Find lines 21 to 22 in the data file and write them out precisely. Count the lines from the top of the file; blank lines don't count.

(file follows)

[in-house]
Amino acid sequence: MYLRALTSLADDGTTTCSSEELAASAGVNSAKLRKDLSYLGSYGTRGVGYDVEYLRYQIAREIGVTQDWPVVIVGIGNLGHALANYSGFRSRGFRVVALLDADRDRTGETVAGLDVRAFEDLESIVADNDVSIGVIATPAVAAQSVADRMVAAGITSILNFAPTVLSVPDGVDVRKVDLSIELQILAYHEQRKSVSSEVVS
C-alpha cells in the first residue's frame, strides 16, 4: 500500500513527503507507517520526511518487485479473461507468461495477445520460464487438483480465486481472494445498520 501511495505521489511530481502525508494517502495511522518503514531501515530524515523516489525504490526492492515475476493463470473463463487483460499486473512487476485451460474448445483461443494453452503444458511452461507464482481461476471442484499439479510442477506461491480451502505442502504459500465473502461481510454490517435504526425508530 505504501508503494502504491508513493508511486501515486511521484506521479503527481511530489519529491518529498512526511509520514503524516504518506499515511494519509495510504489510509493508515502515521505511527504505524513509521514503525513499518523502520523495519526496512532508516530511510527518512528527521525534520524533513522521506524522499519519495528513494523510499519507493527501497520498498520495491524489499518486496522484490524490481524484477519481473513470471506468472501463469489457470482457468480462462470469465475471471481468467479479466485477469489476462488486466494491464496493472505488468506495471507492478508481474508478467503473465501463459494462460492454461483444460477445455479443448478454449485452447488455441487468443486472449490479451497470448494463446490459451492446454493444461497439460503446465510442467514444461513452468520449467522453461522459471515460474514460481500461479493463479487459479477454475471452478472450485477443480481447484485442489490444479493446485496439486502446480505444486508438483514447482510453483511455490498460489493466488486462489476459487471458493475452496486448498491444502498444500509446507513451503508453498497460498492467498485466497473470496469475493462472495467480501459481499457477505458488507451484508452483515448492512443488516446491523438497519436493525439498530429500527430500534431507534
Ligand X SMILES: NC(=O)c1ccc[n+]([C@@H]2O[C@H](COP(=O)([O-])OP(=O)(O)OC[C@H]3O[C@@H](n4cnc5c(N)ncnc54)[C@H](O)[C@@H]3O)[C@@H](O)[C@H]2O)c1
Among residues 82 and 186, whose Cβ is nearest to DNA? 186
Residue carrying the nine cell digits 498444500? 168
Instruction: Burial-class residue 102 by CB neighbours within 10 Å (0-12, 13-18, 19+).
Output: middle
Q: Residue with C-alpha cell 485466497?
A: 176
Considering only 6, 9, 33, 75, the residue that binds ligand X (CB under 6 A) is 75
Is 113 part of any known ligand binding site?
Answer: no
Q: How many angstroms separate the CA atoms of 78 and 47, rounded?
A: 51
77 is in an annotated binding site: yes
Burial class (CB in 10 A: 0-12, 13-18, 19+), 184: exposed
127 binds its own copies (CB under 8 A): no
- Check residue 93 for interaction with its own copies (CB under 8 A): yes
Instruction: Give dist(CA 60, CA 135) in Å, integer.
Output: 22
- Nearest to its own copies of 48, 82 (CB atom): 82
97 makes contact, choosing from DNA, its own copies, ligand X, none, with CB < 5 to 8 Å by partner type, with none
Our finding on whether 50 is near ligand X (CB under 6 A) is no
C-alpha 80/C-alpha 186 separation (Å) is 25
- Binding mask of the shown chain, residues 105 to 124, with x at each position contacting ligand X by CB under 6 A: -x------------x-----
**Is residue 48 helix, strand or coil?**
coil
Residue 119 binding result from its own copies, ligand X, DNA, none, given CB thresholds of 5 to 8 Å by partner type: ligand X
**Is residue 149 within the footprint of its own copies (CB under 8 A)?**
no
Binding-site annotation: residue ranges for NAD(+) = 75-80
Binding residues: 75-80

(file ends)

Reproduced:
Output: 22
- Nearest to its own copies of 48, 82 (CB atom): 82